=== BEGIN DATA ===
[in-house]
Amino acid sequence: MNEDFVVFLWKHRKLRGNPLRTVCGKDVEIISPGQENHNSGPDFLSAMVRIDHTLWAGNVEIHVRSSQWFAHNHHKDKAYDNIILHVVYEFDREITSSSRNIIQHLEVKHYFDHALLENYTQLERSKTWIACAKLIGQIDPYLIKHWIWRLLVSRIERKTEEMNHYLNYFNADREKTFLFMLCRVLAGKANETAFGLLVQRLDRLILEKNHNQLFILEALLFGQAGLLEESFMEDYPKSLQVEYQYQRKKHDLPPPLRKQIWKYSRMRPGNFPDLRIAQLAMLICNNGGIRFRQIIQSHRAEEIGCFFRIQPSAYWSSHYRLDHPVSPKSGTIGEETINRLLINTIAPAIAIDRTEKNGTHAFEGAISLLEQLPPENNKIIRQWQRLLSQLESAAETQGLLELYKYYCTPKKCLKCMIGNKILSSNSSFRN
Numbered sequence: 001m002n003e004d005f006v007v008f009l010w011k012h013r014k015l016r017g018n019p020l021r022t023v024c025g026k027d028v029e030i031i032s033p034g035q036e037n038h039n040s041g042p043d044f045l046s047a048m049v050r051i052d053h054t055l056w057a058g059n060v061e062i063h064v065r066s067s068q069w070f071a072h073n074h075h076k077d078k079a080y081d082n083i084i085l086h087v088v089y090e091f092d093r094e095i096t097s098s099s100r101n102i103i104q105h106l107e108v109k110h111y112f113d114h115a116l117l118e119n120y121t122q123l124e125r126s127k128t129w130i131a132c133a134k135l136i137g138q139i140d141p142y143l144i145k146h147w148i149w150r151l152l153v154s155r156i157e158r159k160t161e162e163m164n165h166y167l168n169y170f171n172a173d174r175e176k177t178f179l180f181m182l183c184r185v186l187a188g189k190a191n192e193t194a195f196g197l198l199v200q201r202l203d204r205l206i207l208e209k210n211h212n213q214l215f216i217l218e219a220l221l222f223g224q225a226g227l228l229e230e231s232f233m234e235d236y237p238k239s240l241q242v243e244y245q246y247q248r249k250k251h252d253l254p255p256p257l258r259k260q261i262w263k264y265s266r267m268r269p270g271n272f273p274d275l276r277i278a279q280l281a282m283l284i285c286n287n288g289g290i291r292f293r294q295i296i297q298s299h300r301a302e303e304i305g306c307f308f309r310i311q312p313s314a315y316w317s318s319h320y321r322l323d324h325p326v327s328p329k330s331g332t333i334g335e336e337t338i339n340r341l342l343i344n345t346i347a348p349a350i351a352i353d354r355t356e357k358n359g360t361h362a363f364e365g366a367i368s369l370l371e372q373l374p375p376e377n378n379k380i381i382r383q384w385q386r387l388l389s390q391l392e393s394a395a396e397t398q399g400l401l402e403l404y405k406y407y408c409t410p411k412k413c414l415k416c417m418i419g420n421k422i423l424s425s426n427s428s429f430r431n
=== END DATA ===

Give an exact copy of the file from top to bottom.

[in-house]
Amino acid sequence: MNEDFVVFLWKHRKLRGNPLRTVCGKDVEIISPGQENHNSGPDFLSAMVRIDHTLWAGNVEIHVRSSQWFAHNHHKDKAYDNIILHVVYEFDREITSSSRNIIQHLEVKHYFDHALLENYTQLERSKTWIACAKLIGQIDPYLIKHWIWRLLVSRIERKTEEMNHYLNYFNADREKTFLFMLCRVLAGKANETAFGLLVQRLDRLILEKNHNQLFILEALLFGQAGLLEESFMEDYPKSLQVEYQYQRKKHDLPPPLRKQIWKYSRMRPGNFPDLRIAQLAMLICNNGGIRFRQIIQSHRAEEIGCFFRIQPSAYWSSHYRLDHPVSPKSGTIGEETINRLLINTIAPAIAIDRTEKNGTHAFEGAISLLEQLPPENNKIIRQWQRLLSQLESAAETQGLLELYKYYCTPKKCLKCMIGNKILSSNSSFRN
Numbered sequence: 001m002n003e004d005f006v007v008f009l010w011k012h013r014k015l016r017g018n019p020l021r022t023v024c025g026k027d028v029e030i031i032s033p034g035q036e037n038h039n040s041g042p043d044f045l046s047a048m049v050r051i052d053h054t055l056w057a058g059n060v061e062i063h064v065r066s067s068q069w070f071a072h073n074h075h076k077d078k079a080y081d082n083i084i085l086h087v088v089y090e091f092d093r094e095i096t097s098s099s100r101n102i103i104q105h106l107e108v109k110h111y112f113d114h115a116l117l118e119n120y121t122q123l124e125r126s127k128t129w130i131a132c133a134k135l136i137g138q139i140d141p142y143l144i145k146h147w148i149w150r151l152l153v154s155r156i157e158r159k160t161e162e163m164n165h166y167l168n169y170f171n172a173d174r175e176k177t178f179l180f181m182l183c184r185v186l187a188g189k190a191n192e193t194a195f196g197l198l199v200q201r202l203d204r205l206i207l208e209k210n211h212n213q214l215f216i217l218e219a220l221l222f223g224q225a226g227l228l229e230e231s232f233m234e235d236y237p238k239s240l241q242v243e244y245q246y247q248r249k250k251h252d253l254p255p256p257l258r259k260q261i262w263k264y265s266r267m268r269p270g271n272f273p274d275l276r277i278a279q280l281a282m283l284i285c286n287n288g289g290i291r292f293r294q295i296i297q298s299h300r301a302e303e304i305g306c307f308f309r310i311q312p313s314a315y316w317s318s319h320y321r322l323d324h325p326v327s328p329k330s331g332t333i334g335e336e337t338i339n340r341l342l343i344n345t346i347a348p349a350i351a352i353d354r355t356e357k358n359g360t361h362a363f364e365g366a367i368s369l370l371e372q373l374p375p376e377n378n379k380i381i382r383q384w385q386r387l388l389s390q391l392e393s394a395a396e397t398q399g400l401l402e403l404y405k406y407y408c409t410p411k412k413c414l415k416c417m418i419g420n421k422i423l424s425s426n427s428s429f430r431n